By Jim Schutze
By Rachel Watts
By Lauren Drewes Daniels
By Anna Merlan
By Lee Escobedo
A forearm whipped against his neck stopped Miller in his tracks. Kicks to both legs sent him to the sidewalk. Then fists and feet came from everywhere, each blow reminding him why getting out of his car was a bad idea. "This is happening while I am chasing a thief," Miller says, not quite believing the words. He doesn't think the group of black men who assaulted him and took his wallet even knew he had already been robbed.
"They just saw me running and figured, 'Hey, let's beat his ass,'" Miller says. "There were things like that going on all night when I was walking to my car. There was just, like, surges of crowds, where one guy'd be chasing another guy and the whole crowd going in that direction. It was weird."
Despite this, Miller intends to keep going to Deep Ellum. "I'm just going to walk very carefully," he says. It's good advice, but many people believe there are even better words to live by: Don't go there at all.
Stuart, who works in one of the stores on Elm Street and asked that his last name not be used, is just waiting to put those words into practice. His lease at the Gaston Yard Apartments is up in October. After that, he'll find a new place to live and a new job, too. Stuart just wants out.
He's been feeling this way since April 19. After closing time, he stopped by Franzini's Pizzeria, picking up a couple of slices to take home and unwind with. His boss trailed behind Stuart in her car, making sure he got home safely--same thing she does every night after work. She was, he guesses, maybe 100 feet away. She might as well not have been there at all.
Halfway home, Stuart saw a car out of the corner of his eye, edging its way toward him. Something about it spooked him. Actually, everything about it did. Before he knew what he was doing, Stuart was running toward his apartment. Then he heard the screech of brakes and a voice: "Stop! Get down or we'll shoot! Don't run!" He turned and saw two men with guns.
He threw his dinner into the parking lot and followed it onto the pavement. The men took his cell phone, breath mints, the caffeine pills he takes to combat the late hours and the few bucks he had in his pocket. Even the change.
"Thirteen cents," Stuart says. "To the penny, they took it. I went back the next day, and there was no change on the ground. Not even a penny." He began planning his escape.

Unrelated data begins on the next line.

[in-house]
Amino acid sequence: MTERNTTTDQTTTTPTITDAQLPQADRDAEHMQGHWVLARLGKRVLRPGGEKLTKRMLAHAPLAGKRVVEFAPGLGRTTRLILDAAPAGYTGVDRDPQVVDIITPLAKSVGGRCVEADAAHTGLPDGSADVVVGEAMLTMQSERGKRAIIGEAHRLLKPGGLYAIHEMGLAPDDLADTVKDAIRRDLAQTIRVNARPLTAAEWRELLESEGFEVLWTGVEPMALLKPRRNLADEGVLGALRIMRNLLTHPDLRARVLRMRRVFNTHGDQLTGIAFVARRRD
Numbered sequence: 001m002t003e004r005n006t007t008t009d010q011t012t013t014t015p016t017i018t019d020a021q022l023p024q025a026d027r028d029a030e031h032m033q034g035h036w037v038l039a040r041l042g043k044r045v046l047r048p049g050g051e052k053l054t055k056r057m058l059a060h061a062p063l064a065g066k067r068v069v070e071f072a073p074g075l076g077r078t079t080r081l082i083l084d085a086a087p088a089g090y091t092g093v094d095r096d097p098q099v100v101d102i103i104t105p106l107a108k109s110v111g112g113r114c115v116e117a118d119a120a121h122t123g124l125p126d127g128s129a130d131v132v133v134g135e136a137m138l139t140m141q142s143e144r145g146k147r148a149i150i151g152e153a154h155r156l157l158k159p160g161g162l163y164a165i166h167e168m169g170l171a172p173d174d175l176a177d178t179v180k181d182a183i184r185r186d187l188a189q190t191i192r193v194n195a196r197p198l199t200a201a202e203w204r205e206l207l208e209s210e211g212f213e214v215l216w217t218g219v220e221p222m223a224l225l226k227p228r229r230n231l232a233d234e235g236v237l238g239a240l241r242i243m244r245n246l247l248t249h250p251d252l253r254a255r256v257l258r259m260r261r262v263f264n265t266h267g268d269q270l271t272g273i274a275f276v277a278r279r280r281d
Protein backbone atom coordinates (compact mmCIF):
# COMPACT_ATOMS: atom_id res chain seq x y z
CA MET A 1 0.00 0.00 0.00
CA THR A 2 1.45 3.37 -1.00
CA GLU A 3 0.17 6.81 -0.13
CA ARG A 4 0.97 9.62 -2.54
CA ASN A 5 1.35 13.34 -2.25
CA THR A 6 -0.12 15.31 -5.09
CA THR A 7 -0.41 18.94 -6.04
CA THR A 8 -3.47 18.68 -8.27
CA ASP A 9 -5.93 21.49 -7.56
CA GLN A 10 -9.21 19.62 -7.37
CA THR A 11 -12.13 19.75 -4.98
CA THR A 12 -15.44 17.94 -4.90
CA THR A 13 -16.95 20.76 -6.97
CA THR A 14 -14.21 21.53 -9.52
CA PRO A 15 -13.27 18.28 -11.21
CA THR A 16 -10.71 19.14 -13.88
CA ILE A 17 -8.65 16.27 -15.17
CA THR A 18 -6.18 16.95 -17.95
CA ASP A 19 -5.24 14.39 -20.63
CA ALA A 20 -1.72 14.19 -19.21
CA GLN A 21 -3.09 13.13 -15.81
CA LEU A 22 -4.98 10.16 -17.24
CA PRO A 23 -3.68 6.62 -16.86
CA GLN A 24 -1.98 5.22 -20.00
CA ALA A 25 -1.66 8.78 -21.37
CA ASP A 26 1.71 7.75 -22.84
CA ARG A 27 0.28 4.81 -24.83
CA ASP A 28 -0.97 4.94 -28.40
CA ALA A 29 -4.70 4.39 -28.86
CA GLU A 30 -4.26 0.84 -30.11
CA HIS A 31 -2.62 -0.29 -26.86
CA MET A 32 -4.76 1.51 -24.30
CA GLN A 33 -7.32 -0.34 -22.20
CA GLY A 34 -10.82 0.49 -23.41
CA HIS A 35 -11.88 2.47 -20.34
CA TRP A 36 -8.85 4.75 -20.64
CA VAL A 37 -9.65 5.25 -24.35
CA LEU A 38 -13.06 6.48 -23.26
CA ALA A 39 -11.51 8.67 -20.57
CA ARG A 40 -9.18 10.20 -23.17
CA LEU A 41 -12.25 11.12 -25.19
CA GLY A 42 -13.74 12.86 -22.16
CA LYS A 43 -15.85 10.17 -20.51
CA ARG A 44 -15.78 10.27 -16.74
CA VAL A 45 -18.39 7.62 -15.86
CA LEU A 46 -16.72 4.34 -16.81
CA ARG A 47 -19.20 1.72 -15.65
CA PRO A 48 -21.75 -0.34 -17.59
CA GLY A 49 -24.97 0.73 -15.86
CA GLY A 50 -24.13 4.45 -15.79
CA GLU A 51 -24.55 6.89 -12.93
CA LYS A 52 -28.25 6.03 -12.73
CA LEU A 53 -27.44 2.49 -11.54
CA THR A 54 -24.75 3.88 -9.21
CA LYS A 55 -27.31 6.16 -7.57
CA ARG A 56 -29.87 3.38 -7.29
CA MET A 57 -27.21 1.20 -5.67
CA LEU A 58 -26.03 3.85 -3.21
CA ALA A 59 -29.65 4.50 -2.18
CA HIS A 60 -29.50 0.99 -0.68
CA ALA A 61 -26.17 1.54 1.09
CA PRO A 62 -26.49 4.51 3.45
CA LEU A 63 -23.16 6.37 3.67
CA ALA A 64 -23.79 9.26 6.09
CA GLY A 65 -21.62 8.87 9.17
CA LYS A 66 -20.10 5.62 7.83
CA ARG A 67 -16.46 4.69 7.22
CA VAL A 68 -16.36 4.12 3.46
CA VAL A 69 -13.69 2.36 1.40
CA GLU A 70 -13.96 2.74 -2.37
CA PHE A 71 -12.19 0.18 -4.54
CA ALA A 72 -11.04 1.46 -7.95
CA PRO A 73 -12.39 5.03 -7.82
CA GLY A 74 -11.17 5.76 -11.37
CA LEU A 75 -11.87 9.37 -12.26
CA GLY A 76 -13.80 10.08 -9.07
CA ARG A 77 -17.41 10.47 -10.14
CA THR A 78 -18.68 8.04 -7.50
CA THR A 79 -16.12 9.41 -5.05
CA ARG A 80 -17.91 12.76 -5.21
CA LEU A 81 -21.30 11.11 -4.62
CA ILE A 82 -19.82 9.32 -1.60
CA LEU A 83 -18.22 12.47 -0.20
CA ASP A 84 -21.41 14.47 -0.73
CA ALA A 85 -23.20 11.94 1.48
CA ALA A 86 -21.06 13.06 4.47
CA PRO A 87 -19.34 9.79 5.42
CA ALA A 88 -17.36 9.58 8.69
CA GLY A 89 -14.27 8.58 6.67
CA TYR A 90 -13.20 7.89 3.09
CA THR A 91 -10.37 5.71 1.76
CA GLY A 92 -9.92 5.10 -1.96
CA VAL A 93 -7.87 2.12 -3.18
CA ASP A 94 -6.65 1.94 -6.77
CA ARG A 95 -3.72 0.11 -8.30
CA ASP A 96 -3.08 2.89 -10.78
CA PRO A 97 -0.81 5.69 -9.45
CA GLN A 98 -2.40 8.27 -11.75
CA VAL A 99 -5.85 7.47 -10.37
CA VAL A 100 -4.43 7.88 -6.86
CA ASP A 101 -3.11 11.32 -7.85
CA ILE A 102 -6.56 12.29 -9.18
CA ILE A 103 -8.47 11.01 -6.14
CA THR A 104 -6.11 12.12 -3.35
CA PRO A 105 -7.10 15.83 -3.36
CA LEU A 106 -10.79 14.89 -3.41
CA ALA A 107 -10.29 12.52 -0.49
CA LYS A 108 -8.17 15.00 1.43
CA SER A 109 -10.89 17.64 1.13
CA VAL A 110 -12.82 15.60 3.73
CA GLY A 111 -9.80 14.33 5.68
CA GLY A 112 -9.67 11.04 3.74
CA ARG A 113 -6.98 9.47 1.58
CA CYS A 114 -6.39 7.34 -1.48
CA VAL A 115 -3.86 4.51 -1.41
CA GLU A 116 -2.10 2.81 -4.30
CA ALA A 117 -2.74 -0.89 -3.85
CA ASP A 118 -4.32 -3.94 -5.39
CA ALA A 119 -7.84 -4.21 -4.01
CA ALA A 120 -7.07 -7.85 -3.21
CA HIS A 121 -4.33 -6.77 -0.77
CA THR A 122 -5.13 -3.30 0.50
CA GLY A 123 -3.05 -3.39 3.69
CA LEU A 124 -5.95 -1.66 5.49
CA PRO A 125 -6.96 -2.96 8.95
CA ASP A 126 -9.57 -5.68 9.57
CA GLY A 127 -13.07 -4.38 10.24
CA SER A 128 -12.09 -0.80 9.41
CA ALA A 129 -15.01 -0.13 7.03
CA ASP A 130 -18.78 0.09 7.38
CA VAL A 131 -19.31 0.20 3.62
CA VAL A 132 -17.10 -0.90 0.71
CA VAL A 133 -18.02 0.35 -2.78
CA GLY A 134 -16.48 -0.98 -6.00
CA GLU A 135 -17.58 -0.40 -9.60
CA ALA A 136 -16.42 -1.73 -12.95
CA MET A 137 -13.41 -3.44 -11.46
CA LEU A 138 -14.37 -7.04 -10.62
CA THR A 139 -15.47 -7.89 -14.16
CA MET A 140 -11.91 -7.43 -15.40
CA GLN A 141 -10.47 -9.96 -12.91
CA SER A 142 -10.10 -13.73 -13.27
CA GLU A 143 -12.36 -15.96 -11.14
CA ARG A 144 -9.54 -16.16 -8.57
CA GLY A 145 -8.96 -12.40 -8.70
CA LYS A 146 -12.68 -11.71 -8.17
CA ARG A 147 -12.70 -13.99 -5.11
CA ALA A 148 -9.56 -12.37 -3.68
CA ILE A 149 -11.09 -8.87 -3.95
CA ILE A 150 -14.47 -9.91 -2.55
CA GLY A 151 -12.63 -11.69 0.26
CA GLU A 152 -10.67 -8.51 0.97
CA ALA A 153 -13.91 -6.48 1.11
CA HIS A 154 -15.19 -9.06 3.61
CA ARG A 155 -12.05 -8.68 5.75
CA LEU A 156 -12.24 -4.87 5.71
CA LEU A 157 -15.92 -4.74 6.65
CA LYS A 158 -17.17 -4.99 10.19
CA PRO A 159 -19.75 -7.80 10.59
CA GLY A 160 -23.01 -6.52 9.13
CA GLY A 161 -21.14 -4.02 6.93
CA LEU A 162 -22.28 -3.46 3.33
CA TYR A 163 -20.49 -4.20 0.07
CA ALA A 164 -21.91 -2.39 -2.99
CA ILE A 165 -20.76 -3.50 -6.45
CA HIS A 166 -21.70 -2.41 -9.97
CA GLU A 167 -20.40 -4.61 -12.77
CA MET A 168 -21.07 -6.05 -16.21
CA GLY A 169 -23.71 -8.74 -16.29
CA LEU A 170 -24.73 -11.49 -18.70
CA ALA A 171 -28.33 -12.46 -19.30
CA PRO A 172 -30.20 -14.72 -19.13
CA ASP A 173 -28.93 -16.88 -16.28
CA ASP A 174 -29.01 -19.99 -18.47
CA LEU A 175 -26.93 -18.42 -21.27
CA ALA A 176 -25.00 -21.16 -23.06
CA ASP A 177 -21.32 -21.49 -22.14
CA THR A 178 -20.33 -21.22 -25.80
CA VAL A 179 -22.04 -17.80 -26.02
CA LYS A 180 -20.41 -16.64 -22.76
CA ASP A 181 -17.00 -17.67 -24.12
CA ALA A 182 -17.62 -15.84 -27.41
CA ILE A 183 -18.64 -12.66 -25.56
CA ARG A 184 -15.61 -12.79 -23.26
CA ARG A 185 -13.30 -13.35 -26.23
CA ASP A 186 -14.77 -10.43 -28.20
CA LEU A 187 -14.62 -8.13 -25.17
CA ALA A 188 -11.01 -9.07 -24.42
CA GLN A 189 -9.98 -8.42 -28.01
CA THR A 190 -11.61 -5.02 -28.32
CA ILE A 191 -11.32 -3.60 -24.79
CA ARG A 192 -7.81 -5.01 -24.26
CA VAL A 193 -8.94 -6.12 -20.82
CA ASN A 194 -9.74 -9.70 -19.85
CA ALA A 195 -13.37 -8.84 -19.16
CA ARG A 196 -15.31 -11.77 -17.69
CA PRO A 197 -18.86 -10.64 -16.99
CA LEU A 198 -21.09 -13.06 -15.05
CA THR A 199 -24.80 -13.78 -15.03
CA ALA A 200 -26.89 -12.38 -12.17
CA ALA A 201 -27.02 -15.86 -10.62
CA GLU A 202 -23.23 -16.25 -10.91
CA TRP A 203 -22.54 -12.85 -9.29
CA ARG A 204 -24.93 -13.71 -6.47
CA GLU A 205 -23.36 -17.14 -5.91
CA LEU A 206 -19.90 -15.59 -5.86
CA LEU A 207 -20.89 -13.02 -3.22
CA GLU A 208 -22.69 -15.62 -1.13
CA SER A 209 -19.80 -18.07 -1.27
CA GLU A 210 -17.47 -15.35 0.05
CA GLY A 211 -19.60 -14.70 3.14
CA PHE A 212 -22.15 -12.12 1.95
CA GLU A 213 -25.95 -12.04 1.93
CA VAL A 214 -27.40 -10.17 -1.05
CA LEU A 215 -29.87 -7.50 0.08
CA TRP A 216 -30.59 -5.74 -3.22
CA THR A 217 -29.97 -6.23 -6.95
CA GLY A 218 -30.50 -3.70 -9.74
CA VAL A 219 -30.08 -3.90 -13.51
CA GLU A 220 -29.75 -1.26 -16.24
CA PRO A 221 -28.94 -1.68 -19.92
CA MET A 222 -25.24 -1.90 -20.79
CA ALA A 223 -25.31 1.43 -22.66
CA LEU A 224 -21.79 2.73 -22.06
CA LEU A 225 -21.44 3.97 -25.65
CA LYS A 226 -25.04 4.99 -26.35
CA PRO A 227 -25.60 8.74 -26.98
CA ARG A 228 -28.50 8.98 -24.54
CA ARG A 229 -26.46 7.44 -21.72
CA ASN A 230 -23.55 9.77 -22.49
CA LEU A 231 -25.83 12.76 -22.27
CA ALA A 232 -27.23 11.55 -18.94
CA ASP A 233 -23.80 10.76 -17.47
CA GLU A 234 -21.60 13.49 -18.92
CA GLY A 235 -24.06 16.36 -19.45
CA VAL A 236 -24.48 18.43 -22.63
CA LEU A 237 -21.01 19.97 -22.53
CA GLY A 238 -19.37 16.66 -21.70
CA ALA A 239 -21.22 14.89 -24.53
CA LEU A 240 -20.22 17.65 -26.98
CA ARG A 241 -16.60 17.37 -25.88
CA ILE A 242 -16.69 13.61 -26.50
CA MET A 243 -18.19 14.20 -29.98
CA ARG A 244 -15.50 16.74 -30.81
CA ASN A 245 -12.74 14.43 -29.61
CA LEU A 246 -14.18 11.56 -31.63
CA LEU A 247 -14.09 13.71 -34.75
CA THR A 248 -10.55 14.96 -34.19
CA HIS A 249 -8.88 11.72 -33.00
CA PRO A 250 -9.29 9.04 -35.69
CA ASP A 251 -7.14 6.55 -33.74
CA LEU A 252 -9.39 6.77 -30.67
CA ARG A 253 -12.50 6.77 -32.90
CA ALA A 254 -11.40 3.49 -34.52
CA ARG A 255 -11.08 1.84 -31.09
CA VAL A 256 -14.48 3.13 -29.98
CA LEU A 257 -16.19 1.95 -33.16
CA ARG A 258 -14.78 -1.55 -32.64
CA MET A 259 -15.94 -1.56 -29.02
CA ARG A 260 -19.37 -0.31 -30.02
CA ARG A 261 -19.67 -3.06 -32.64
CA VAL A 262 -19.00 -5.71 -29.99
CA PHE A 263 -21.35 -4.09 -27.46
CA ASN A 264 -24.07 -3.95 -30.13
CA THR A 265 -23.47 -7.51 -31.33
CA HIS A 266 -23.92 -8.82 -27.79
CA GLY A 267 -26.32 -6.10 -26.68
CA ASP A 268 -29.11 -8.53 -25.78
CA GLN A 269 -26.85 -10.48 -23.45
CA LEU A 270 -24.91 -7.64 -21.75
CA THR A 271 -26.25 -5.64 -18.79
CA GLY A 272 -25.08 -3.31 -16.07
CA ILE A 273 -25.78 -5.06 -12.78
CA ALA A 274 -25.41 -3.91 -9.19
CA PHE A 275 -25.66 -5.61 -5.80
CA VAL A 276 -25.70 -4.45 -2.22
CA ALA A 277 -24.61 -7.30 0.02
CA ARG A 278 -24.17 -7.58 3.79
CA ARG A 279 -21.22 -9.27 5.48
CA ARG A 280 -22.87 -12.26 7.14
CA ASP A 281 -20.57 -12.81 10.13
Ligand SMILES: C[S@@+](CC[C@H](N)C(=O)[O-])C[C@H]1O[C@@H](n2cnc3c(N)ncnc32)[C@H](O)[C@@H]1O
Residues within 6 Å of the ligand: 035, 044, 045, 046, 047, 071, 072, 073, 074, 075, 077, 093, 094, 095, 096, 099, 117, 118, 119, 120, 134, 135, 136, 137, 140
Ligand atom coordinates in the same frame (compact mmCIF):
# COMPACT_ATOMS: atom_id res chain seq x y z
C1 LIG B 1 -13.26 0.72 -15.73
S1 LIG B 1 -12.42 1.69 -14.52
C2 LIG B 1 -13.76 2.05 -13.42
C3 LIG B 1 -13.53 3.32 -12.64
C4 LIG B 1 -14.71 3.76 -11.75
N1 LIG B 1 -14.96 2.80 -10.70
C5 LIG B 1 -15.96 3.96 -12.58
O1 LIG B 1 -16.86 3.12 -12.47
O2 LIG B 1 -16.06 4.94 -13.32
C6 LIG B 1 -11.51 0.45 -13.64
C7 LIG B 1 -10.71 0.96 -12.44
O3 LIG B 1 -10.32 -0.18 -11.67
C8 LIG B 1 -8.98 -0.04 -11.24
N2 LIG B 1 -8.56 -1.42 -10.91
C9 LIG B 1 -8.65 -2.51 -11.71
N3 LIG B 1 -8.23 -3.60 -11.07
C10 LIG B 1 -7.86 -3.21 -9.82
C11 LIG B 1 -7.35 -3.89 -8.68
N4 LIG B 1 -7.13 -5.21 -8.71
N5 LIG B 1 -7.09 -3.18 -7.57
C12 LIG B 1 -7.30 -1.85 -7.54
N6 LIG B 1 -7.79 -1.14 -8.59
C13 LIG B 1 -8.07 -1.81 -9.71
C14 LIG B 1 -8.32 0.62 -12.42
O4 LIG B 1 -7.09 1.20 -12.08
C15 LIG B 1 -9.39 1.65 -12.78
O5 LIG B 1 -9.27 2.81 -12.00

He's not the only one. Promoters and club owners have had fairly serious discussions about opening alternate venues, far from the growing concerns in Deep Ellum. The Arrangement and East Wind, both longtime fixtures on Elm, are leaving the neighborhood. And the list of lost customers is too long to even begin. "I've got women telling me they're scared to come down there now with their purses," says Club Dada's Brewer. "I've known them for 12, 14 years."
Robberies and assaults are a problem. But the thing keeping people away, however, is the stuff that goes unreported.
"Harassment, sexual harassment, intimidation, physical confrontation, assault--this kind of stuff is way out of bounds," Wisdom says. "And that's the kind of stuff that doesn't get on anyone's blotter. If you're walking down with your girlfriend, heading to Trees to see a show and some guys reach over and grab her breasts, and then the next thing you know, you're looking at six or seven different guys and they're all just dying for you to say something--that never gets on anyone's blotter. But you aren't coming back down here again."
Brewer remembers the night when a throng of men crowded onto the sidewalk outside of Club Dada, creating an unwelcome gauntlet for every woman who tried to leave. "I should have just popped off some Mace and gotten rid of them, but I tried not to do that," he says. "But yeah, there was like 20 of them grabbing every woman's ass who came out of the club."
Everyone in Deep Ellum, it seems, has a story that mirrors this one. Brewer does his best to make sure every sentence of each one finds its way to the ears of someone who works for Mayor Laura Miller. He thinks the police are doing the best job they possibly can, but it's not enough; they don't have the resources. So he hands out slips of paper with the number of the mayor's office to just about everyone who comes through the door at Dada. He's appeared on the radio discussing the issue. Whatever it takes. The way he sees it, the mayor is breaking the law.
"Well, the Department of Justice stipulates that the mayor of a major municipality is responsible to offer ample security to its citizens," he says. "I've got 10, 12,000 people down there. Some nights we got six cops, and two of them are on overtime. I'm pounding. I've been pounding people--give them her phone number, call her, call her. Because supposedly they log those calls. And I want her phone to get jammed up. 'Cause, you know, she wanted the job, and she got it. Well, let's do it, sweetheart."